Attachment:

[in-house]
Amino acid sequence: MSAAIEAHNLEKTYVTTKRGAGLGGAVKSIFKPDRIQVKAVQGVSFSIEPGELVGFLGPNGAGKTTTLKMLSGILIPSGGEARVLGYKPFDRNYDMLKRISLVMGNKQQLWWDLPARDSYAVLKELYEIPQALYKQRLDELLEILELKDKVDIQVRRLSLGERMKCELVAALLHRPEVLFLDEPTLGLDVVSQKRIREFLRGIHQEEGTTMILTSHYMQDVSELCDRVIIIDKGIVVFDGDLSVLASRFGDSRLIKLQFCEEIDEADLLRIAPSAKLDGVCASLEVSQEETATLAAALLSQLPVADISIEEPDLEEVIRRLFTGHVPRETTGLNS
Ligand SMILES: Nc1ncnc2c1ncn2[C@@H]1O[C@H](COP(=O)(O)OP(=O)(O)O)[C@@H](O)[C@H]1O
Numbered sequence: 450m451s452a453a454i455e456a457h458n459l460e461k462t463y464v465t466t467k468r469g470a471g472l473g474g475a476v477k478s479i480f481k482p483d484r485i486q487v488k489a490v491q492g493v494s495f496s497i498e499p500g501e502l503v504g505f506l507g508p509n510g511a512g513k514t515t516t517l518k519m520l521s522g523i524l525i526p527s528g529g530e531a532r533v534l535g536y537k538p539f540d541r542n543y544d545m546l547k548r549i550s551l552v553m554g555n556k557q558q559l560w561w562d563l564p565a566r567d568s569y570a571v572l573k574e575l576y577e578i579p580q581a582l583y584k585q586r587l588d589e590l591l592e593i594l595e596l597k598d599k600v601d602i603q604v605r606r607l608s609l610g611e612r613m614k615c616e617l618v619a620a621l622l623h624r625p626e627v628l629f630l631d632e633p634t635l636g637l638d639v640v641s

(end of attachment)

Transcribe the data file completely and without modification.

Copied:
[in-house]
Amino acid sequence: MSAAIEAHNLEKTYVTTKRGAGLGGAVKSIFKPDRIQVKAVQGVSFSIEPGELVGFLGPNGAGKTTTLKMLSGILIPSGGEARVLGYKPFDRNYDMLKRISLVMGNKQQLWWDLPARDSYAVLKELYEIPQALYKQRLDELLEILELKDKVDIQVRRLSLGERMKCELVAALLHRPEVLFLDEPTLGLDVVSQKRIREFLRGIHQEEGTTMILTSHYMQDVSELCDRVIIIDKGIVVFDGDLSVLASRFGDSRLIKLQFCEEIDEADLLRIAPSAKLDGVCASLEVSQEETATLAAALLSQLPVADISIEEPDLEEVIRRLFTGHVPRETTGLNS
Ligand SMILES: Nc1ncnc2c1ncn2[C@@H]1O[C@H](COP(=O)(O)OP(=O)(O)O)[C@@H](O)[C@H]1O
Numbered sequence: 450m451s452a453a454i455e456a457h458n459l460e461k462t463y464v465t466t467k468r469g470a471g472l473g474g475a476v477k478s479i480f481k482p483d484r485i486q487v488k489a490v491q492g493v494s495f496s497i498e499p500g501e502l503v504g505f506l507g508p509n510g511a512g513k514t515t516t517l518k519m520l521s522g523i524l525i526p527s528g529g530e531a532r533v534l535g536y537k538p539f540d541r542n543y544d545m546l547k548r549i550s551l552v553m554g555n556k557q558q559l560w561w562d563l564p565a566r567d568s569y570a571v572l573k574e575l576y577e578i579p580q581a582l583y584k585q586r587l588d589e590l591l592e593i594l595e596l597k598d599k600v601d602i603q604v605r606r607l608s609l610g611e612r613m614k615c616e617l618v619a620a621l622l623h624r625p626e627v628l629f630l631d632e633p634t635l636g637l638d639v640v641s